Coronavirus testing in Japan: What happens, who’s eligible and how long do results take?
By CAITLIN DOORNBOS | STARS AND STRIPES Published: March 13, 2020
YOKOSUKA NAVAL BASE, Japan — With coronavirus on the minds of U.S. service members and their families in Japan, a sniffle or a cough may raise sudden concern.
Tests for the disease are available at military hospitals, but patients must show symptoms — fever, cough, shortness of breath — before they are given one, according to military doctors who posted informational videos online or spoke at base public meetings recently.
“We don’t test everybody — we don’t test you if you have no symptoms,” preventive medicine physician Maj. Andrew Fisher said during a U.S. Forces Japan virtual town hall on coronavirus concerns March 2.
“This is a limited resource, so we test the people who it makes sense to test and there’s specific criteria that governs who qualifies to get tested based on who’s most at risk,” said Fisher, who serves as the public health emergency officer at Yokota Air Base.
Military hospitals in Japan may administer the tests but must send the samples for analysis to local Japanese health agencies, to Tripler Army Medical Center in Hawaii, the Centers for Disease Control and Prevention in Atlanta or Naval Medical Center San Diego, Fisher said.
Results may be returned in three to seven days, said Capt. Drew Bigby, commander of Naval Hospital Yokosuka, in a video posted Thursday to U.S. Naval Forces Japan’s Facebook page.
As of March 9, Defense Department laboratories had conducted 143 tests for the coronavirus, Joint Staff Surgeon and Air Force Brig. Gen. Paul Friedrichs told reporters in Washington, D.C., on Tuesday. The tests are processed at 13 DOD clinical labs across the nation, according to a Tuesday Defense Department statement.
In his video, Bigby described the testing process. First, those who have flu-like symptoms should contact their hospital before arriving there, he said.
At the doctor’s office, patients will report their medical history and undergo a physical exam before possibly undergoing testing for a streptococcus infection, the flu or the coronavirus that causes COVID-19, Bigby said.
“The test consists of two swabs — one for your mouth, one for your nose,” he said in the video. Those who are tested for coronavirus will be isolated “from family or others and pets in a private bedroom with a private bathroom” until results are received, he said. The isolation can take place at home.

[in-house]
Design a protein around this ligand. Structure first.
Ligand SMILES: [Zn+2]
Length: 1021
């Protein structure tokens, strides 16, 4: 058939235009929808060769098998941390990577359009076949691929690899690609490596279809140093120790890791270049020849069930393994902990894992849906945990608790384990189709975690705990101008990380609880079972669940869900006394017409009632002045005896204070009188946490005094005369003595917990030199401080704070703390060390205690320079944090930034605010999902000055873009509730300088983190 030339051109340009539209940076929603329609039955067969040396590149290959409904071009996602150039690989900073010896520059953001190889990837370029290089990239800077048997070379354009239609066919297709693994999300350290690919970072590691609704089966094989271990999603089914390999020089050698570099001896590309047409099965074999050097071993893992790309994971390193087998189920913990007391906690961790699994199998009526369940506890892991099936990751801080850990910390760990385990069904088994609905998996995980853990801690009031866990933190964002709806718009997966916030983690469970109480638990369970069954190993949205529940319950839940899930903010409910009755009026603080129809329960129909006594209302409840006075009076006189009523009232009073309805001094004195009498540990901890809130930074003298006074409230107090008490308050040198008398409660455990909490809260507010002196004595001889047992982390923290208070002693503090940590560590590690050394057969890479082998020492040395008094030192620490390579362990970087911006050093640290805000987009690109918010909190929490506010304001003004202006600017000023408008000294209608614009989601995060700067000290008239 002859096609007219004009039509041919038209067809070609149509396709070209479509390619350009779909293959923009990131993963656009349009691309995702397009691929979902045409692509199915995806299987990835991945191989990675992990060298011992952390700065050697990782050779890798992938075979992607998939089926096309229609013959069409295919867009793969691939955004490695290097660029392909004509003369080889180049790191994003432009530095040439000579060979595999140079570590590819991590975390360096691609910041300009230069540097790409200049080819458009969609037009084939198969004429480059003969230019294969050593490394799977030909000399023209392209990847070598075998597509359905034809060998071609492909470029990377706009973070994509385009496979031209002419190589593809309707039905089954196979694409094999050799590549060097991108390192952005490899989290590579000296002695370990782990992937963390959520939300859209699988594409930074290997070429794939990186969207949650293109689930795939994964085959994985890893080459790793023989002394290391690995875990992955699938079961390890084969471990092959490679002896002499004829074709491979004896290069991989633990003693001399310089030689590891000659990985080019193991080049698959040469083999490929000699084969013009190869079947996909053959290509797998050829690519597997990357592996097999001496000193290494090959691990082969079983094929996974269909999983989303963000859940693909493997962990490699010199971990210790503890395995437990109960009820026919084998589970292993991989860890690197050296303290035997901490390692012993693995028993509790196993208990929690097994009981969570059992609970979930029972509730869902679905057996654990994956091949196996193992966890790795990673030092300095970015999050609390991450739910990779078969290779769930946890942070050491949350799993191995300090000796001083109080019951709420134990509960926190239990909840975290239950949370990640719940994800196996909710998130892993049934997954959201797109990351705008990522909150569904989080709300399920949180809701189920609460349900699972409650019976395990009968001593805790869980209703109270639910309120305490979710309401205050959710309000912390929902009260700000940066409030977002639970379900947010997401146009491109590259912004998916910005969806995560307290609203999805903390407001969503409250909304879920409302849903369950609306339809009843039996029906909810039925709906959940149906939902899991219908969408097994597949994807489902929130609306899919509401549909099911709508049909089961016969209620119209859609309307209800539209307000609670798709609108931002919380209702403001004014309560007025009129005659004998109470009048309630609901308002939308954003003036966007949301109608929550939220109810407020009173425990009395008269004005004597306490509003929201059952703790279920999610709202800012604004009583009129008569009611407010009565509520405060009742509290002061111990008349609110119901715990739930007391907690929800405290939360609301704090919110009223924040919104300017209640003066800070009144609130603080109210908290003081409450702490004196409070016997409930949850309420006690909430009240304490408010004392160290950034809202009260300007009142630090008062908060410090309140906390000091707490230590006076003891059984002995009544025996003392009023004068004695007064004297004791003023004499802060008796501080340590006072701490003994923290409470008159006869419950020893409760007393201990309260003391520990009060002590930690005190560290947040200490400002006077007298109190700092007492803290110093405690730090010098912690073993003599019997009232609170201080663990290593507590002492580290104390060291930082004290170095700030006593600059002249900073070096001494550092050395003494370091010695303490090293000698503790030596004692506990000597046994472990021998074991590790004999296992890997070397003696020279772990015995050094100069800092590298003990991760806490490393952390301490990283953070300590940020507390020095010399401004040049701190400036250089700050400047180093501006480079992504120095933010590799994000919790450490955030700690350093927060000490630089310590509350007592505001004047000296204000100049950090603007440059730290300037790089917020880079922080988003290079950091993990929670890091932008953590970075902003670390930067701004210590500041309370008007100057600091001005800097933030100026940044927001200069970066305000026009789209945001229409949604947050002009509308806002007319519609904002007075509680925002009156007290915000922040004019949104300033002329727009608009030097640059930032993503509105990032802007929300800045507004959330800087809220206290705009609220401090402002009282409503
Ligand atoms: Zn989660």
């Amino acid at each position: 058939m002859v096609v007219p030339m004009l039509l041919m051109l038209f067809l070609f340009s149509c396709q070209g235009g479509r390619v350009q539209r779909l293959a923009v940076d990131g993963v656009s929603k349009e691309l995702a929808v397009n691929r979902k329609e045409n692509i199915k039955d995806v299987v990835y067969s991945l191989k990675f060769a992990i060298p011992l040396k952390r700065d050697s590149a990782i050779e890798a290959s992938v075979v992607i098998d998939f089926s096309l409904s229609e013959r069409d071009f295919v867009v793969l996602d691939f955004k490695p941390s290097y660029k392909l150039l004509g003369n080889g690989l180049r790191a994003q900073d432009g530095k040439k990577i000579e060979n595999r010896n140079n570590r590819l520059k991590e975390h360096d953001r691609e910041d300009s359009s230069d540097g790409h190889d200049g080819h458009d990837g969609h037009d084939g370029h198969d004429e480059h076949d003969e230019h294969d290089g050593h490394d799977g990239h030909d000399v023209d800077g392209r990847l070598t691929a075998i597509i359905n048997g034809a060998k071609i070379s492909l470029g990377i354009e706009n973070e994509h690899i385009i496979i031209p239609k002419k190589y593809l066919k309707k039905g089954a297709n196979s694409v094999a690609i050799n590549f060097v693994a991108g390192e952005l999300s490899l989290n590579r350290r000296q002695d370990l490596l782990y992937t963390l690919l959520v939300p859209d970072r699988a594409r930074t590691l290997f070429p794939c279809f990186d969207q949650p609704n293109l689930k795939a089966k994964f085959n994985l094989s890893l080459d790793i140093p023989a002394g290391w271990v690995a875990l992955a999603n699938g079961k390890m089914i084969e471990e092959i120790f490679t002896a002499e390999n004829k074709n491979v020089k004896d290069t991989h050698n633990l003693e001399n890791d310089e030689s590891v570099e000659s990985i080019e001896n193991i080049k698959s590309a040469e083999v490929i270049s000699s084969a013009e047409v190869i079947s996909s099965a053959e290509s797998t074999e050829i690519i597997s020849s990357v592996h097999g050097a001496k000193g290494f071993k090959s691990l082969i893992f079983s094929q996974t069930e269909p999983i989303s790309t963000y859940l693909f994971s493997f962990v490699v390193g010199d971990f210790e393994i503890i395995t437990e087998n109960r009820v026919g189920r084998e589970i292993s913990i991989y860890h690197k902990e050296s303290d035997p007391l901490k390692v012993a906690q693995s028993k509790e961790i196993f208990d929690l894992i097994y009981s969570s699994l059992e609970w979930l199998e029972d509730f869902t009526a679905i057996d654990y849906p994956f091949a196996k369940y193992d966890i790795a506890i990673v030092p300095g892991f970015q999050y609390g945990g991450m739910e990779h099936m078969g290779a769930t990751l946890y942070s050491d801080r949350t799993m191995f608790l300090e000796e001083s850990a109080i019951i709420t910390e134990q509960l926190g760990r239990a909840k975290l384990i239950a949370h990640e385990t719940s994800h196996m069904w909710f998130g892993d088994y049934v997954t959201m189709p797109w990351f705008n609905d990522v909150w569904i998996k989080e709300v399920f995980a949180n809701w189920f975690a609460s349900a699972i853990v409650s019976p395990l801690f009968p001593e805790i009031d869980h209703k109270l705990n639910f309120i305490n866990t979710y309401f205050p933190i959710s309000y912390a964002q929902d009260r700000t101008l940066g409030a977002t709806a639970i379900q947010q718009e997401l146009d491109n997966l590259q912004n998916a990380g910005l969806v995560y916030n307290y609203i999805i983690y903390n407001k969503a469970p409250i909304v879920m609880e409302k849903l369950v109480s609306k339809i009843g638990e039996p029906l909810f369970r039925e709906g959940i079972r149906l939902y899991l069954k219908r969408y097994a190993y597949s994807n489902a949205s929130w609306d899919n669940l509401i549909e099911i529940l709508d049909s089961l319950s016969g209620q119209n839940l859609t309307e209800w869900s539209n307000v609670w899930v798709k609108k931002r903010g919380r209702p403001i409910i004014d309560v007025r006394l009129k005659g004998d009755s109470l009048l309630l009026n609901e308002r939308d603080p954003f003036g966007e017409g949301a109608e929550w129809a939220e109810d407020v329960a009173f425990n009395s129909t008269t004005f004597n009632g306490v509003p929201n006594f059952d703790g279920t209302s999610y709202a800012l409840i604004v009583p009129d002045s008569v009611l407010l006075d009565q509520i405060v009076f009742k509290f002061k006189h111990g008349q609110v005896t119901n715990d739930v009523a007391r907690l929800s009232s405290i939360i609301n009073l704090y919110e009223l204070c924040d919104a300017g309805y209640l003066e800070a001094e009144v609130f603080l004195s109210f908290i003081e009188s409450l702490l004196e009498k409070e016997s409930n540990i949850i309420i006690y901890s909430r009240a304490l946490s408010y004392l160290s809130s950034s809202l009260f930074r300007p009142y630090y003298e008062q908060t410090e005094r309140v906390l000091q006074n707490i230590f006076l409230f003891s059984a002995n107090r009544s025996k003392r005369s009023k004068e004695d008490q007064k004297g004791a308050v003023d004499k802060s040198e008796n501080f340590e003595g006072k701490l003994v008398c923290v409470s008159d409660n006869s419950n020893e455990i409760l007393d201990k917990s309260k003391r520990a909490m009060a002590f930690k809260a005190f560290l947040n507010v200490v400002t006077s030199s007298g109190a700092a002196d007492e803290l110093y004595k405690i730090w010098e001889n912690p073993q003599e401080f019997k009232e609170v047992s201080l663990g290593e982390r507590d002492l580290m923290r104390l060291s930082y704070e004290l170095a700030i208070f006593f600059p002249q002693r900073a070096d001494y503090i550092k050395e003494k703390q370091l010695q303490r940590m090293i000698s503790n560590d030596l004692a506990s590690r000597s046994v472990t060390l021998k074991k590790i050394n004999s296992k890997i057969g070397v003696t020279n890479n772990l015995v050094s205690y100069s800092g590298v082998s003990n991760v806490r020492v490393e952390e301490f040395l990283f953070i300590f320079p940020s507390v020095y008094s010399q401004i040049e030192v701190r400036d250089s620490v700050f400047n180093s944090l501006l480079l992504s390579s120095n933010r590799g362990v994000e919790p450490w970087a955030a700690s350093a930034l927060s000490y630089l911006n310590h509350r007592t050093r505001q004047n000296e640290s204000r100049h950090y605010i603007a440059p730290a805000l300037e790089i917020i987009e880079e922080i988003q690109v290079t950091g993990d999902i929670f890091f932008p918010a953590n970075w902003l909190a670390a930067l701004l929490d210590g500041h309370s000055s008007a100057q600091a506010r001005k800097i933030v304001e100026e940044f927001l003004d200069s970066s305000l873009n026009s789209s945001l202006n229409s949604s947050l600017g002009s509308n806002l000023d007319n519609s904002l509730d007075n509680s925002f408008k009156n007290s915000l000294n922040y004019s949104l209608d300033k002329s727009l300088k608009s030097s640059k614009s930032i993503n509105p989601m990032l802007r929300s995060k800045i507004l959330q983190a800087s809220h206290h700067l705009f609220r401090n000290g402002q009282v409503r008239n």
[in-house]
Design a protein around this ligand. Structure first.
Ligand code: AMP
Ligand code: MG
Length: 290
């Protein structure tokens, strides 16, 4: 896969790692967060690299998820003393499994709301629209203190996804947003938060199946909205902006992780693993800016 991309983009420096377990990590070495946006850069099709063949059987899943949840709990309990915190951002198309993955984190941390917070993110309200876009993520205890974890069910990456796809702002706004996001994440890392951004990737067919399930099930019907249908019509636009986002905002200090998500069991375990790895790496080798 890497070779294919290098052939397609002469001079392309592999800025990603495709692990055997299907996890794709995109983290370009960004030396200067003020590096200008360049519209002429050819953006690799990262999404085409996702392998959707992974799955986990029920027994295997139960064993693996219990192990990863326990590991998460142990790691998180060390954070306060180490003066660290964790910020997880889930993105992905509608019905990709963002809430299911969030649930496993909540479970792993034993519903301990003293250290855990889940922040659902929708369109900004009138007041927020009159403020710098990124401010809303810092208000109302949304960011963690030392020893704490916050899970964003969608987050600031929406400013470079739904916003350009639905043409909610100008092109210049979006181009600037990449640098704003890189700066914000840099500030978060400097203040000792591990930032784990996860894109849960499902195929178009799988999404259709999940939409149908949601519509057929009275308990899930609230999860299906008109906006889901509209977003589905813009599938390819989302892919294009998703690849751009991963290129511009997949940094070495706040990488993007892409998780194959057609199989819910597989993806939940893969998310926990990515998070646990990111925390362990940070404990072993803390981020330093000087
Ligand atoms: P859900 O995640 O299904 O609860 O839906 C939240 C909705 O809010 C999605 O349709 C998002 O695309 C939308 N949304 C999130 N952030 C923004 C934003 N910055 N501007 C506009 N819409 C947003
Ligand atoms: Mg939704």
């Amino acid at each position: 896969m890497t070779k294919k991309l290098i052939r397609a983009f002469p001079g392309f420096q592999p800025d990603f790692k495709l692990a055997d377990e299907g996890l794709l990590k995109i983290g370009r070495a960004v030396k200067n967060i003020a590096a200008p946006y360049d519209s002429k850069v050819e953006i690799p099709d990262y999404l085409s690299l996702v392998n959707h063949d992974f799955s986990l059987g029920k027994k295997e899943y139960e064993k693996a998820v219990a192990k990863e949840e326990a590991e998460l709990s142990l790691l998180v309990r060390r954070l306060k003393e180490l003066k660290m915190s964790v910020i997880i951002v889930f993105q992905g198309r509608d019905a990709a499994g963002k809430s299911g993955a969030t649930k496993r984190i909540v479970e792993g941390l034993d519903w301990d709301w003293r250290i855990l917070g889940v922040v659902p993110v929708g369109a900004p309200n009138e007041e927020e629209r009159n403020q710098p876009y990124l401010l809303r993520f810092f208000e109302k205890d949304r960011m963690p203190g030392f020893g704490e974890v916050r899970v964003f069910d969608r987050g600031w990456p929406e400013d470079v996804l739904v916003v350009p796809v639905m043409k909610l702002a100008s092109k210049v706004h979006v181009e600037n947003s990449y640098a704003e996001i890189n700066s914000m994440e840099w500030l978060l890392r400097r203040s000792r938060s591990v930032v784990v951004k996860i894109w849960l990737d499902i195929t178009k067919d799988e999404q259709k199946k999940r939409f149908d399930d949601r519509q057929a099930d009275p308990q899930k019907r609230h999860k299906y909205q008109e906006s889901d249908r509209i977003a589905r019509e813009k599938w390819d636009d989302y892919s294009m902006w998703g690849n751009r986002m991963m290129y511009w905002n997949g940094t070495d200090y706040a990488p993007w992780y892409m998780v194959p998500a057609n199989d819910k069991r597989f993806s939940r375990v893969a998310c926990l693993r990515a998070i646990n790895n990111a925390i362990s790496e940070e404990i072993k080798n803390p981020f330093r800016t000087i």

Medical personnel will contact the patient daily “to make sure that you are well, and if you’re not, you will be asked to be brought in,” he added.
Those who have had contact with the patient but do not show symptoms will be placed in quarantine at home while the patient awaits results and must stay away from those who have not been exposed, Bigby said in the video.
This time of year, seasonal allergy sufferers may confuse their symptoms with those of the coronavirus. In Tokyo, for example, Japanese cedar trees produce pollen from February to April, according to the Tokyo International Communication Committee.
However, seasonal allergies, or “hay fever,” unlike influenza and coronavirus, do not produce a low-grade temperature or body aches, according to the Mayo Clinic.
Also, coronavirus sufferers are less likely to experience the nasal congestion associated with allergies. Among coronavirus patients studied in China, less than 5% reported nasal congestion, according to the World Health Organization.
Deciphering influenza from coronavirus is more difficult. During the townhall, Fisher said symptoms of the two can look very similar, but different viruses cause seasonal flu and the coronavirus now in global pandemic.
“They are both respiratory and you can protect yourself from them in the same way” with handwashing and social distancing, he said.
“With the seasonal flu we have the benefit of having a vaccine, we don’t have a vaccine for COVID-19 yet, but even with the vaccine, influenza is a very serious illness,” he added.
As of Thursday, 620 people in Japan had tested positive for the coronavirus, according to the WHO. Worldwide, 125,048 cases have been recorded, about two-thirds of them in China, where the outbreak was first reported in December.